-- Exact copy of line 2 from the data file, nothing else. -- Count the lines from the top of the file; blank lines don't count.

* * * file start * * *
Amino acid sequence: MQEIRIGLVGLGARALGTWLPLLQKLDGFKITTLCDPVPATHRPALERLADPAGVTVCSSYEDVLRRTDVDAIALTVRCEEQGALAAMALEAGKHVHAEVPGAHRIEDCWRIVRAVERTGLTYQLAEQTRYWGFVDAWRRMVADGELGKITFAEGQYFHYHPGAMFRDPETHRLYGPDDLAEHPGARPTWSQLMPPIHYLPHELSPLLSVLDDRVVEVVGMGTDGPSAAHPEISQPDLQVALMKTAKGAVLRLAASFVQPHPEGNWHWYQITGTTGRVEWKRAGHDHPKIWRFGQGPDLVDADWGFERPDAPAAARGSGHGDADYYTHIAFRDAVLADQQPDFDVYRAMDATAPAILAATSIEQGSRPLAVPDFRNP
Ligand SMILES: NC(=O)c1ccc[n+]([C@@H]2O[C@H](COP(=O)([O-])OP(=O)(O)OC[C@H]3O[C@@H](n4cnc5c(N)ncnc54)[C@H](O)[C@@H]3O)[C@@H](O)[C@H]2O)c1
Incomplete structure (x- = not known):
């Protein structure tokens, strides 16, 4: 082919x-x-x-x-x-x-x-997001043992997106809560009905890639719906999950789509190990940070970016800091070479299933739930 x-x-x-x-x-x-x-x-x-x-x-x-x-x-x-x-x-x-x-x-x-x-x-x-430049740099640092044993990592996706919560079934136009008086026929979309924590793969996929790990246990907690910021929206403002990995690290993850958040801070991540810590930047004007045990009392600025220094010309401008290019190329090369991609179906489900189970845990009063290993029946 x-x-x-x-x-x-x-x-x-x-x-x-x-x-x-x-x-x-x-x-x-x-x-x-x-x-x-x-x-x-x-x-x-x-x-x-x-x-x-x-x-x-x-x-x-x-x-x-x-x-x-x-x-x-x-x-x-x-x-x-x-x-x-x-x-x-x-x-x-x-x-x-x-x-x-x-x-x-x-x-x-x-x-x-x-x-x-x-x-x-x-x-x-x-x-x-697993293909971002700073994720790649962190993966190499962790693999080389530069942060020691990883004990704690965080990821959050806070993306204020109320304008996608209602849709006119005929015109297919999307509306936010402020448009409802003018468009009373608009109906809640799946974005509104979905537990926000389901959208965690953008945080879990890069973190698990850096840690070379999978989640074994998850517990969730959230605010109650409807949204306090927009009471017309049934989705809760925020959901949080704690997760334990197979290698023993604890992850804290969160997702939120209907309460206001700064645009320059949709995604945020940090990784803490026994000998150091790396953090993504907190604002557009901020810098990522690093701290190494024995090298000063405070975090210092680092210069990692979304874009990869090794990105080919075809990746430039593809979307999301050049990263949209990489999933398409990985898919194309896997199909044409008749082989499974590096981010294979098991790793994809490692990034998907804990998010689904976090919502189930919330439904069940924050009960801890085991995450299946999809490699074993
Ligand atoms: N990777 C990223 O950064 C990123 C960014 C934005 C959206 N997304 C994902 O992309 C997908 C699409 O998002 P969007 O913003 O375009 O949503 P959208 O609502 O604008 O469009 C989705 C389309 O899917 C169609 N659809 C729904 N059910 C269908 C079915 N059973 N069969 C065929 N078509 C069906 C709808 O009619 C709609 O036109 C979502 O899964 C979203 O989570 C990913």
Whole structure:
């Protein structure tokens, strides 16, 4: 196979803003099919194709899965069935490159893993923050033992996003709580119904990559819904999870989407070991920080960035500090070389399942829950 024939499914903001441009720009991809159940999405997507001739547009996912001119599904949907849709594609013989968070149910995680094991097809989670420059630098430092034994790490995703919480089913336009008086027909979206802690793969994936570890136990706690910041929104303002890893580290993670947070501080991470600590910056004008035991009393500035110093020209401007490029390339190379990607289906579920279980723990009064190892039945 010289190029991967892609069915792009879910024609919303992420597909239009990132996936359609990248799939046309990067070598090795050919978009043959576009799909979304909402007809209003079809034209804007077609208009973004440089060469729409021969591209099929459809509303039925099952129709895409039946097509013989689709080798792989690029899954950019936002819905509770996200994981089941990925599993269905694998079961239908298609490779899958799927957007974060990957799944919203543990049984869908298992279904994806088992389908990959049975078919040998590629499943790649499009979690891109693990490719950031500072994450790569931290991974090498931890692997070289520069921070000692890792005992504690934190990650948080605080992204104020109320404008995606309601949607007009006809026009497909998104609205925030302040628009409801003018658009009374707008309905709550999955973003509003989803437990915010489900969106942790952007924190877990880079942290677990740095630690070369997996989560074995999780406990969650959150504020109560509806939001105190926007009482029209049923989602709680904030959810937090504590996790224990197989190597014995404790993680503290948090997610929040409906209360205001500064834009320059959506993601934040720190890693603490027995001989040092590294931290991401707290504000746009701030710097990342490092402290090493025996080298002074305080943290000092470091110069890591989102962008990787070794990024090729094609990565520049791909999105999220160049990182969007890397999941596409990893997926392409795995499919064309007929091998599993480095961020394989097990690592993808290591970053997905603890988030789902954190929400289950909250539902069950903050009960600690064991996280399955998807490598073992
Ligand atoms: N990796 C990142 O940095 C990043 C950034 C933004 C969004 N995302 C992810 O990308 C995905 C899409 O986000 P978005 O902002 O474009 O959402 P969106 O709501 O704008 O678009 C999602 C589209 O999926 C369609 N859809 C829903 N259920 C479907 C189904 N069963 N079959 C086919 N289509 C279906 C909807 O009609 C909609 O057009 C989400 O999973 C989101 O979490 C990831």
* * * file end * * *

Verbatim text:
Ligand SMILES: NC(=O)c1ccc[n+]([C@@H]2O[C@H](COP(=O)([O-])OP(=O)(O)OC[C@H]3O[C@@H](n4cnc5c(N)ncnc54)[C@H](O)[C@@H]3O)[C@@H](O)[C@H]2O)c1